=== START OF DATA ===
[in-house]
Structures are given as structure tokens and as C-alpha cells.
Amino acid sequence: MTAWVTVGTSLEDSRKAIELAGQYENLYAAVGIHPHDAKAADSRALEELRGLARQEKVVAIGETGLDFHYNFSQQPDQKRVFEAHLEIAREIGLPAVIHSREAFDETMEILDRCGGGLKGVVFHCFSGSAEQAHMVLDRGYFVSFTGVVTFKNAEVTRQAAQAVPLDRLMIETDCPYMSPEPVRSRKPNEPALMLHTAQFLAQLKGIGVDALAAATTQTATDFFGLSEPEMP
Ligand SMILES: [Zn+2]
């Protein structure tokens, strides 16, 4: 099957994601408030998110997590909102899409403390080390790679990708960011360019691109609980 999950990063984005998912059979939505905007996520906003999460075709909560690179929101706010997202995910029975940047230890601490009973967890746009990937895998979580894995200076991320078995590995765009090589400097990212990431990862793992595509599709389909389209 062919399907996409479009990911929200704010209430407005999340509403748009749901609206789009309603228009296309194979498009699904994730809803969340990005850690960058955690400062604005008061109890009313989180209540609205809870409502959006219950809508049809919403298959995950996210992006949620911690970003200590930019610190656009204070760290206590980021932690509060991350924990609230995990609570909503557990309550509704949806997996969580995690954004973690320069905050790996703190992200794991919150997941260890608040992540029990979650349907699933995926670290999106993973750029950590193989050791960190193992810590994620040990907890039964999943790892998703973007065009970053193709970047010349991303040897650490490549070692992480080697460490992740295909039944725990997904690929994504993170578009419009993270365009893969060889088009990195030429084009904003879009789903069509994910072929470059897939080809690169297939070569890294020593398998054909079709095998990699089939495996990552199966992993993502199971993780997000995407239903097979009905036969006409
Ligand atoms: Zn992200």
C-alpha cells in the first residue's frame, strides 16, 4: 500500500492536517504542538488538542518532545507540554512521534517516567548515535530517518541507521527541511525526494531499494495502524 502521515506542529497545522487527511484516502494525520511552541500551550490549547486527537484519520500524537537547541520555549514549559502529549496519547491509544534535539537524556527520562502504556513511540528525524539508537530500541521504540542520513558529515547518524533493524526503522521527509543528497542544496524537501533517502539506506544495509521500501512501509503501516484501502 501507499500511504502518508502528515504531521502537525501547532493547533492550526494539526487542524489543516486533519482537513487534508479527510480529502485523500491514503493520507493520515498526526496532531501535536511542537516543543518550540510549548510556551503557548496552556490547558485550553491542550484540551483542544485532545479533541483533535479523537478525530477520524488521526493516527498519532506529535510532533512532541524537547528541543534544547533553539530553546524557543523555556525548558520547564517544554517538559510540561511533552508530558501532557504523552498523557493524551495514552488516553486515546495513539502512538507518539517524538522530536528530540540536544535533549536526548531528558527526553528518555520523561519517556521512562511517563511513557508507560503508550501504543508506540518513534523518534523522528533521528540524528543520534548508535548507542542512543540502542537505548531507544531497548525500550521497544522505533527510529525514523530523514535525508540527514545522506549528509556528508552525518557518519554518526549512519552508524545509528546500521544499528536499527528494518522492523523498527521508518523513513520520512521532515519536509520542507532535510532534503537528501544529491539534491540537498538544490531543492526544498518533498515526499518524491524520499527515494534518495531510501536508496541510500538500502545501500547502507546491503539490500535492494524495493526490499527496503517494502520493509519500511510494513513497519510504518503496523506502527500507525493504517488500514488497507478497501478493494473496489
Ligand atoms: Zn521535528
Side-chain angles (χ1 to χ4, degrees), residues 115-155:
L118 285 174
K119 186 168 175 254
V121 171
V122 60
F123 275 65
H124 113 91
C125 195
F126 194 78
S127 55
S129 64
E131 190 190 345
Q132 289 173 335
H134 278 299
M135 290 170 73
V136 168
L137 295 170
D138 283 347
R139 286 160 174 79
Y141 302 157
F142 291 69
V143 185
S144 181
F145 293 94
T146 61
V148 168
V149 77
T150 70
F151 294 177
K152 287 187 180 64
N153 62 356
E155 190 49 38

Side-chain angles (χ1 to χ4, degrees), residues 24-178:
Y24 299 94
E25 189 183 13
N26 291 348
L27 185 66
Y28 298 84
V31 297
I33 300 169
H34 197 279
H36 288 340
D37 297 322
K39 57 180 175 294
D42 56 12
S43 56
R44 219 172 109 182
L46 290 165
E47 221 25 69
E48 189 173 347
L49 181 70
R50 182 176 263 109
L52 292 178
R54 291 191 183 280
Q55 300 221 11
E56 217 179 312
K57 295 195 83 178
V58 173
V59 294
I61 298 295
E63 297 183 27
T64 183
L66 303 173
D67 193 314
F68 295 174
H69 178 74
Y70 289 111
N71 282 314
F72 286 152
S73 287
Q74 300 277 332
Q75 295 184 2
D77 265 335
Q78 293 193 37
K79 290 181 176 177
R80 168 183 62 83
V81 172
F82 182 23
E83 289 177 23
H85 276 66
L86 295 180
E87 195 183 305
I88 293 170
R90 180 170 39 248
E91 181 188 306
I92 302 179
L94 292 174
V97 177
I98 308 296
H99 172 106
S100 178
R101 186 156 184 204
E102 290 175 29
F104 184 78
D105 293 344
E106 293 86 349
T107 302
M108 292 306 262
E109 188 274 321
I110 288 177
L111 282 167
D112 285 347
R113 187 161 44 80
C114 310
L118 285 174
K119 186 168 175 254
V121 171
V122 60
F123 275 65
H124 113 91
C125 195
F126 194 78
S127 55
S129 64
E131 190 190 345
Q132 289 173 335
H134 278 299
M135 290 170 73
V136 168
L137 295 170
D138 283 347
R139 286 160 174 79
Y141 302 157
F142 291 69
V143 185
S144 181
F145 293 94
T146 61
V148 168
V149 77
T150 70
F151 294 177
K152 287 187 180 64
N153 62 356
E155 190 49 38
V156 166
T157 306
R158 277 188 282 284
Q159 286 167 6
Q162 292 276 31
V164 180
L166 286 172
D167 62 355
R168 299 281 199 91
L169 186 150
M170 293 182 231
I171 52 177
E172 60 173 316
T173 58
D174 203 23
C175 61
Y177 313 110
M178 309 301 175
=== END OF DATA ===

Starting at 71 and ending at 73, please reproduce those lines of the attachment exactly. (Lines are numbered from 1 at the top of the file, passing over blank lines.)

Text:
L66 303 173
D67 193 314
F68 295 174